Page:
DoD urges troops to move past election, advise Afghanistan on democratic government

KABUL, Afghanistan — Department of Defense personnel have been advised to move past the tensions and vitriol of the recent presidential election and move forward with advising and assisting the Afghan government in governance, elections, rule of law and stability, according to a leaked message from Central Command.

"This election has been a considerable distraction," Gen. Joseph Votel, commander of U.S. Central Command, wrote in the message. "We need to stop dwelling on what's going on back home and get back to providing top notch advice and assistance to Afghanistan’s government and security forces."

Responses to the message have been mixed.

“It’s time to get to work,” said Lt. Col. James Starky, who currently serves as a rule of law advisor. “I’m just not sure we are going to be able to focus on creating fair and impartial courts in Afghanistan with so much investigating and re-investigation Hillary Clinton’s e-mails and foundation. Just last week, I had to explain to a local judge who this Comey fellow was and it took all day.”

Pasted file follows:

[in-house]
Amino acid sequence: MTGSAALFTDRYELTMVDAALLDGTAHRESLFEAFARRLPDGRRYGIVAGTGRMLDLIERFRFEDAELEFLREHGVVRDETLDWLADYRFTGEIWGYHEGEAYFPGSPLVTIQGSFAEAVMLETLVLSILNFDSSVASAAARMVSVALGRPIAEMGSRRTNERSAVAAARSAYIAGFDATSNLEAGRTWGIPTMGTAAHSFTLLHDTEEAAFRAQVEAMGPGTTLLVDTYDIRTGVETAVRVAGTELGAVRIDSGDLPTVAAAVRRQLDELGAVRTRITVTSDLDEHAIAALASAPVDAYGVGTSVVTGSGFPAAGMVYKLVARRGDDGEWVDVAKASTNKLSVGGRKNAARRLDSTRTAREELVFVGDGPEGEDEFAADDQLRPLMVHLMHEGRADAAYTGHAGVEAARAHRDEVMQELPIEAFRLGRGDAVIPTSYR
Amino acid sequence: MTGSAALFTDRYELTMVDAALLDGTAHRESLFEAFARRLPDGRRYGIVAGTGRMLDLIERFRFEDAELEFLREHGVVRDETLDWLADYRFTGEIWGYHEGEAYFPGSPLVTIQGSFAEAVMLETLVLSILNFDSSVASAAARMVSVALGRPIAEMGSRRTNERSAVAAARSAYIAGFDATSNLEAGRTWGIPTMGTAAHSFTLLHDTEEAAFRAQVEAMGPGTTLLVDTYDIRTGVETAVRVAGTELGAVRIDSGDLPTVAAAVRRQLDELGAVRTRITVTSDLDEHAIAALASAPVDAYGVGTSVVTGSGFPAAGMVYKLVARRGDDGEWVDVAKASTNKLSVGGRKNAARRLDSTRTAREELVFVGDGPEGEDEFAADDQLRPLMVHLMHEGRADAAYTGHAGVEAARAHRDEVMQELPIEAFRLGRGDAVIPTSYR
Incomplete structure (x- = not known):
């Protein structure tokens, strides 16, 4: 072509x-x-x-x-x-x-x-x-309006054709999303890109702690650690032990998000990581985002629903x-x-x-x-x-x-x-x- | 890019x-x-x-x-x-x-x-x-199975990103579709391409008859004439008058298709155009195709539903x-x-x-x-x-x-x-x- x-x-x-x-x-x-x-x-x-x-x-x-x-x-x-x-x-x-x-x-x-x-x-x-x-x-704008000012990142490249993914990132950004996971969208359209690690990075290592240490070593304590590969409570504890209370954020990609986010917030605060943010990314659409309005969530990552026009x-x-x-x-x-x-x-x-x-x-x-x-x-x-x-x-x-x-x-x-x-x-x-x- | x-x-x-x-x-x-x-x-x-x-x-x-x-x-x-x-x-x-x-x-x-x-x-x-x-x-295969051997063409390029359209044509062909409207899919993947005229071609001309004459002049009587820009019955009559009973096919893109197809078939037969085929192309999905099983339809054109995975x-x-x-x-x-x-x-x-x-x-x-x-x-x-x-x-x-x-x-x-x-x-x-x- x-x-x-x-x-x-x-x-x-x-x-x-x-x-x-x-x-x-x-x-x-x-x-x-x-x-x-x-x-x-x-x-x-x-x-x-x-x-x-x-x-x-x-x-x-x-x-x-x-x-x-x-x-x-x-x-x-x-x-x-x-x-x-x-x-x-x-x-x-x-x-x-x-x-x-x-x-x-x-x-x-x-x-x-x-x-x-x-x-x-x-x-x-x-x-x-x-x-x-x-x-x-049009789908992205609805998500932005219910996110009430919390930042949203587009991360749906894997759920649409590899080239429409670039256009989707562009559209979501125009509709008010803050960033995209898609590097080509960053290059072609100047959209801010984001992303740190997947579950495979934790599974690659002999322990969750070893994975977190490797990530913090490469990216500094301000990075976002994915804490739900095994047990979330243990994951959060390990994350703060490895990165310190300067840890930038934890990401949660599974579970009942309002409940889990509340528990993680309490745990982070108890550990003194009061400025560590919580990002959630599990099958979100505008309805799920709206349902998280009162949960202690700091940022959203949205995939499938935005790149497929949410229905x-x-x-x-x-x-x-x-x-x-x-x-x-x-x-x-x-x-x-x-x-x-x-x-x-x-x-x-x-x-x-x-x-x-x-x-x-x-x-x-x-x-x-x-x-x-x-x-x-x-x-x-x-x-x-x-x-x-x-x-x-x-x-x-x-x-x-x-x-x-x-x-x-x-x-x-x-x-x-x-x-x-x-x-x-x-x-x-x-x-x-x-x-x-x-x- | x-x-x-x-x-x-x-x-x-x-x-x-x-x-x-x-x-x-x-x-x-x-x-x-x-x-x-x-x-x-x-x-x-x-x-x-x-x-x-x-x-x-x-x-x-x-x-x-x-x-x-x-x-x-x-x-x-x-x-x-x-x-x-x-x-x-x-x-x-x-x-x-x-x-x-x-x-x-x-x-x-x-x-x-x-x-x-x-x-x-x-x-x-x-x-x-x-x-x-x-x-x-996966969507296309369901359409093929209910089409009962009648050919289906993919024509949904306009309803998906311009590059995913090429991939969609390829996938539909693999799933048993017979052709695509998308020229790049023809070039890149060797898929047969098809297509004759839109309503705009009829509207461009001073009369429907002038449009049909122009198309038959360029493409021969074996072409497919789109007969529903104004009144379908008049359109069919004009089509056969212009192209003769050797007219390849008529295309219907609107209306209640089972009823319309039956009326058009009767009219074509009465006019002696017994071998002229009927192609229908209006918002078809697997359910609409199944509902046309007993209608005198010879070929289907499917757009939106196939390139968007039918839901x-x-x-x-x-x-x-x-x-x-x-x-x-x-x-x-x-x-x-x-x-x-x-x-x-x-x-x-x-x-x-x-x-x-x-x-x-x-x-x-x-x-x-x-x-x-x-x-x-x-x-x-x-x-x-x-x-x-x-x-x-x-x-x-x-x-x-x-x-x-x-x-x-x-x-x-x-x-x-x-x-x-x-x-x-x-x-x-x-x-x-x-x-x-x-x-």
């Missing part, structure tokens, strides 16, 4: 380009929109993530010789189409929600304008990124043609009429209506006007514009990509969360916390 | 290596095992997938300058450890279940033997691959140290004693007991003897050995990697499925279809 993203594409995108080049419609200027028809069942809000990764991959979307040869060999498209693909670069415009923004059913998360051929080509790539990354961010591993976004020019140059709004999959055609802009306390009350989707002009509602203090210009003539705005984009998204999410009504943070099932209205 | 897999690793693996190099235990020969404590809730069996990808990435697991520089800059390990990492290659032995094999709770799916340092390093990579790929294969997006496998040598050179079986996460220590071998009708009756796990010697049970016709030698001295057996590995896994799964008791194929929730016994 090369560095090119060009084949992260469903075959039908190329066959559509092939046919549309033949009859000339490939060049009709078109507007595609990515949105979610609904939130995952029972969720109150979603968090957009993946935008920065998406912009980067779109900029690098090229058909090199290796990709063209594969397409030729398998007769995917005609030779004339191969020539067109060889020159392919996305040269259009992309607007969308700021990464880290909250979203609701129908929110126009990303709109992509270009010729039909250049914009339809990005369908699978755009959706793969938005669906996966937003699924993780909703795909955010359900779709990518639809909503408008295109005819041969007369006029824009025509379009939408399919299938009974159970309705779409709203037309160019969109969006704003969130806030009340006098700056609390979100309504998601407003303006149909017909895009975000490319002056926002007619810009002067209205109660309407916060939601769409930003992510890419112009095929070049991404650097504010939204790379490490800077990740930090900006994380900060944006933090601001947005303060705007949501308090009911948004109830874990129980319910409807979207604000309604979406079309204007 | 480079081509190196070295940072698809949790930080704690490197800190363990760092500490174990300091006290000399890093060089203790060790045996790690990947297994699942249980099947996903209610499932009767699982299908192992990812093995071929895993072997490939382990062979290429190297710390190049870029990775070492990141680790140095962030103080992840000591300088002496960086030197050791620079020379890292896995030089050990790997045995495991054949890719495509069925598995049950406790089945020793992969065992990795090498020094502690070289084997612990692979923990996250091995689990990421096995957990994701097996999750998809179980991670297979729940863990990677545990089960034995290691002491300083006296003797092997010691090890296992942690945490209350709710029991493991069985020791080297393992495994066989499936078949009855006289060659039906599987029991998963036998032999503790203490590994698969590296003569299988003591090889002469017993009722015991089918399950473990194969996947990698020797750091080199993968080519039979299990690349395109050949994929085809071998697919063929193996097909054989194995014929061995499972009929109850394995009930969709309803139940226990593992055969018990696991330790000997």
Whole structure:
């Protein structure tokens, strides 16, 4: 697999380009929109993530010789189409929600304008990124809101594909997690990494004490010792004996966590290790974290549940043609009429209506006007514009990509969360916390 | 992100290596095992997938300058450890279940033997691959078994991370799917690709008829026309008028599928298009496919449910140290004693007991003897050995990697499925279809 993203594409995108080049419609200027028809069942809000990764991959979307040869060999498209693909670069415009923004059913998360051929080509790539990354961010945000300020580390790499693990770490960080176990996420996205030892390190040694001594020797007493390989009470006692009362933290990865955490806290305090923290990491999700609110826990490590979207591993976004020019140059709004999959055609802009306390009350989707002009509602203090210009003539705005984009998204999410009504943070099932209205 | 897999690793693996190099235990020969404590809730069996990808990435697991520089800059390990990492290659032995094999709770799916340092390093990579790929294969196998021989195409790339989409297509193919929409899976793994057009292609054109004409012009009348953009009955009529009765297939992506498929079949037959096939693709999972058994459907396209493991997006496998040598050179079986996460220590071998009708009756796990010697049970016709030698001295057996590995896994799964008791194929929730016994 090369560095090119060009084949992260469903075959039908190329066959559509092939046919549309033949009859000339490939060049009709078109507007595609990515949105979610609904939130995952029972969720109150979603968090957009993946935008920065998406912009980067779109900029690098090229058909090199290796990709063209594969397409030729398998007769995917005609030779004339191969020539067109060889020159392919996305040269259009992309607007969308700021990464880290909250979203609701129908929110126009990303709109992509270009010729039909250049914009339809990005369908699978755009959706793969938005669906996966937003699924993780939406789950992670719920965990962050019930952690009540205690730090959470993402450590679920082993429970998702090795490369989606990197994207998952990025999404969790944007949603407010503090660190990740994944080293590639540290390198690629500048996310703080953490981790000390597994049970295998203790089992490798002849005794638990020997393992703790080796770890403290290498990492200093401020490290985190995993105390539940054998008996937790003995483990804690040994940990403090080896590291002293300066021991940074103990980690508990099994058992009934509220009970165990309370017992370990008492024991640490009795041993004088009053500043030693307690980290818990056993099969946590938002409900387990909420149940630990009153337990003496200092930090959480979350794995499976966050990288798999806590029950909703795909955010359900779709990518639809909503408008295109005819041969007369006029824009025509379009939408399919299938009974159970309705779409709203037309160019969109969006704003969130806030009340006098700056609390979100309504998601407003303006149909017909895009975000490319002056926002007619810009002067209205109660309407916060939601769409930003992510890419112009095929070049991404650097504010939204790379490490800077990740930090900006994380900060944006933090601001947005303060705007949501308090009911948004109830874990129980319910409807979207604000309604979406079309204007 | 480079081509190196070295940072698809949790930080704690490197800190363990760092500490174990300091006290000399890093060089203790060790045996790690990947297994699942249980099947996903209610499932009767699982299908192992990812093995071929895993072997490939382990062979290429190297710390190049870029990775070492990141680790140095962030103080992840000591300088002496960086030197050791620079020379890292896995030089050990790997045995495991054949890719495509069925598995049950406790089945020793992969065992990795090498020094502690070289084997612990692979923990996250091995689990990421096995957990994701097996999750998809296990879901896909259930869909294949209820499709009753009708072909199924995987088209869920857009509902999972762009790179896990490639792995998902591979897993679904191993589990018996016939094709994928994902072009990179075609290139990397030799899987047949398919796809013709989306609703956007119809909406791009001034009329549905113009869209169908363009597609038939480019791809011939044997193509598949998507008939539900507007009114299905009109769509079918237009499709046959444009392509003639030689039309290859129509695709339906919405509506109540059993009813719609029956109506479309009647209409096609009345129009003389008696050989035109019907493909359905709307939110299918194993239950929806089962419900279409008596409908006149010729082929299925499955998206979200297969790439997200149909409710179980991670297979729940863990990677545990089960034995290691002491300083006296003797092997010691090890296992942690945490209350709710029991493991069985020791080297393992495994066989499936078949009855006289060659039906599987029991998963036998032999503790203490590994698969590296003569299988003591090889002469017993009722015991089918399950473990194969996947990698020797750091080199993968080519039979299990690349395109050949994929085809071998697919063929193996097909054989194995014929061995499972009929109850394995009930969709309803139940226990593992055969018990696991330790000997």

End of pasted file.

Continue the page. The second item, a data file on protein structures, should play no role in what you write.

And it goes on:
“Afghanistan is a long way from having a balanced, unbiased media, grounded in practices like fact-checking and protecting sources,” public affairs advisor Capt. Elaine Andrews said. “I’ve mentored the journalists with Tolo extensively, and it’s no Bretibart or Upworthy.”

While women's rights and access to health care have eroded in areas which no longer have coalition presence, that has n't been much worry for 1st Lt. Lionel Eldrige, a rifle platoon leader.

“Afghan women look a certain way and dress a certain way because it’s their culture and religion. I respect that. There are some American women who could learn a lot from that, like Rosie O’Donnell, Megyn Kelley and anyone in a pantsuit.”

Troops serving in Afghanistan have expressed the pressure to complete the assist and advise mission is strong no matter what steps the new administration takes.

“We’ve been providing assistance in building and shaping GIROA’s democratic functions since 2003,” reported a source within the U.S. State Department. “They should be ready to function.”

“Of course, the U.S. has been shaping and forming its democracy since 1776, and we do still occasionally surprise ourselves.”